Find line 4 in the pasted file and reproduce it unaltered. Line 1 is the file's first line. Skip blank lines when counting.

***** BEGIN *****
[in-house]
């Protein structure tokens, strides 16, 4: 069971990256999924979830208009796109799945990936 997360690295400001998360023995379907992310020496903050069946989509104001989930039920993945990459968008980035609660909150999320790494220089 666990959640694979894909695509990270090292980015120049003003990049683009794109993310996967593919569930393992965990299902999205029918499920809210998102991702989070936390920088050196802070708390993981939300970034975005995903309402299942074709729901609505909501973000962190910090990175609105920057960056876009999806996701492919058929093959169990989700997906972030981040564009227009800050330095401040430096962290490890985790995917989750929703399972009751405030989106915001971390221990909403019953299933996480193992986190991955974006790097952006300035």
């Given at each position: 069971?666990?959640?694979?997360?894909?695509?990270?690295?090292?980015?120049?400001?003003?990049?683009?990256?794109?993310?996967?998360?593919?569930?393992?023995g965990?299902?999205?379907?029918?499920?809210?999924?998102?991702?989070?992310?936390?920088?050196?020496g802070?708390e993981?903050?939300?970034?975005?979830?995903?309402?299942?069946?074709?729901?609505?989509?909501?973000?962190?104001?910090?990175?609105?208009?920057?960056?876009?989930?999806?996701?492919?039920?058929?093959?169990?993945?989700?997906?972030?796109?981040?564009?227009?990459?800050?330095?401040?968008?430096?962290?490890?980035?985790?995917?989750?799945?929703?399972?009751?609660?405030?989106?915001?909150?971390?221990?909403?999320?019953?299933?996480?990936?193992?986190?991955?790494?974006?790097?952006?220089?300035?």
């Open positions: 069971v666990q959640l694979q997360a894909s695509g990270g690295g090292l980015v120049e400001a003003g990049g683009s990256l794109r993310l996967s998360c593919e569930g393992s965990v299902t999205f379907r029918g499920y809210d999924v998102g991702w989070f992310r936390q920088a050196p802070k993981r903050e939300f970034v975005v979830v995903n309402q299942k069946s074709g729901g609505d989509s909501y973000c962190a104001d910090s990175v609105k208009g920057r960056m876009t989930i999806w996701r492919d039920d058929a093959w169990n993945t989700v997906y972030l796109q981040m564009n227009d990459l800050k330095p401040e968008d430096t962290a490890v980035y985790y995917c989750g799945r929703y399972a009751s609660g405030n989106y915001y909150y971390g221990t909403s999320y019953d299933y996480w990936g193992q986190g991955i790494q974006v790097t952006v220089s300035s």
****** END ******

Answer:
């Open positions: 069971v666990q959640l694979q997360a894909s695509g990270g690295g090292l980015v120049e400001a003003g990049g683009s990256l794109r993310l996967s998360c593919e569930g393992s965990v299902t999205f379907r029918g499920y809210d999924v998102g991702w989070f992310r936390q920088a050196p802070k993981r903050e939300f970034v975005v979830v995903n309402q299942k069946s074709g729901g609505d989509s909501y973000c962190a104001d910090s990175v609105k208009g920057r960056m876009t989930i999806w996701r492919d039920d058929a093959w169990n993945t989700v997906y972030l796109q981040m564009n227009d990459l800050k330095p401040e968008d430096t962290a490890v980035y985790y995917c989750g799945r929703y399972a009751s609660g405030n989106y915001y909150y971390g221990t909403s999320y019953d299933y996480w990936g193992q986190g991955i790494q974006v790097t952006v220089s300035s």